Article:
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USA Today reports that just three months after Starbucks began accepting payments via the Starbucks Card Mobile iPhone and Blackberry applications, more than three million people have paid for their lattes and other drinks using the mobile app.

According to the story, “The Starbucks mobile payments offering is a ‘touch to pay’ system. It allows the customer to hold up the app's barcode to the in-store scanner at the register to pay using the electronic tender. The program was piloted at select stores in September 2009. After extensive testing, it was found to be the fastest way for customers to pay.”

The results were revealed at Starbucks’ annual meeting in Seattle by CEO Howard Schultz.

The story continues:

“Mobile payments is just one element of a much larger social and digital media strategy that Schultz refers to as a ‘blueprint for growth.’ This involves the brand crossing over into the consumer packaged goods (CPG) category by leveraging its digital and social properties. Schultz was eager to inform shareholders that the Starbucks brand is number one on Facebook with 29 million fans, and is also a top brand on Twitter and Foursquare.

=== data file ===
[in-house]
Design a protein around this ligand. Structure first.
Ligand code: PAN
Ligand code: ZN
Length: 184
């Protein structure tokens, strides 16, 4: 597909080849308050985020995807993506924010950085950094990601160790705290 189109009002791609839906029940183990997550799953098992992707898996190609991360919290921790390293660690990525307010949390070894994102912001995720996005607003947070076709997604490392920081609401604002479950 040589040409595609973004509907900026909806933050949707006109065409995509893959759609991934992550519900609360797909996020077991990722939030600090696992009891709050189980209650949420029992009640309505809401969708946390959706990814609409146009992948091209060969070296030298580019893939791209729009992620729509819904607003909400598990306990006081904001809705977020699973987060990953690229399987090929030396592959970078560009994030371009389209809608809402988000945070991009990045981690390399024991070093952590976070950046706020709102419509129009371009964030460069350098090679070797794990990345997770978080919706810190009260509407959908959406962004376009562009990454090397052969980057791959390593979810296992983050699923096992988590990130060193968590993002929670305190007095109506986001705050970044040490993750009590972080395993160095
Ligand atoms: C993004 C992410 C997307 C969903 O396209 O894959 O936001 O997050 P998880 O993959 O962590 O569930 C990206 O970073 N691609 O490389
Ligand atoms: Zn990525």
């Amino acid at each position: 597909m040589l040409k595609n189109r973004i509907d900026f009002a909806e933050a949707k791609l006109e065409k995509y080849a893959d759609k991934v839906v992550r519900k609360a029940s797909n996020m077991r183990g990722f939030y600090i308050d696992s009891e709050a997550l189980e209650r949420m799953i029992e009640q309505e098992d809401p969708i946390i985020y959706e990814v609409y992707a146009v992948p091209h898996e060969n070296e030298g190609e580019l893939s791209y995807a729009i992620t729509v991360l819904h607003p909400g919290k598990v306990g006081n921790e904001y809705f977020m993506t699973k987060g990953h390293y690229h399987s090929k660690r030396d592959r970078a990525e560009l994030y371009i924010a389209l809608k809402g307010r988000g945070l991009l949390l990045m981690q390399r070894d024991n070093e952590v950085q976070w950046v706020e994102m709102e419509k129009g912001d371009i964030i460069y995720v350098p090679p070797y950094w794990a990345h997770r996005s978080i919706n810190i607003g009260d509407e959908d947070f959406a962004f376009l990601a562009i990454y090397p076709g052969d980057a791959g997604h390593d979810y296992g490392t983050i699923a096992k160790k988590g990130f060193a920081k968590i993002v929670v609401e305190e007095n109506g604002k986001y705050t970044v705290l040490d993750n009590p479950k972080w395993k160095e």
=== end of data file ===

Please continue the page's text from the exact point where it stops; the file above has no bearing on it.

“Schultz used Starbucks' new instant coffee brand VIA as proof of the crossover strategy. VIA generated $194 million in sales in its first year, and is now in 40 points of distribution.

“Ultimately, Schultz believes the company's CPG business will rival its retail business — and that the Starbucks Card Mobile application will connect both sides of the brand's identity through loyalty programs.”
KC's View:
I continue to believe that there is a strong possibility that by focusing on the gold that Schultz believes is at the end of the CPG rainbow, he is risking taking the company’s eye off the core business ball. If the stores are not friendly and efficient, if the coffee isn’t good, and the restrooms are not clean, then the brand will get tarnished and the company will be hurt.

But the number of people using the mobile payment app strikes me as remarkable ... and a terrific base of information on which to build.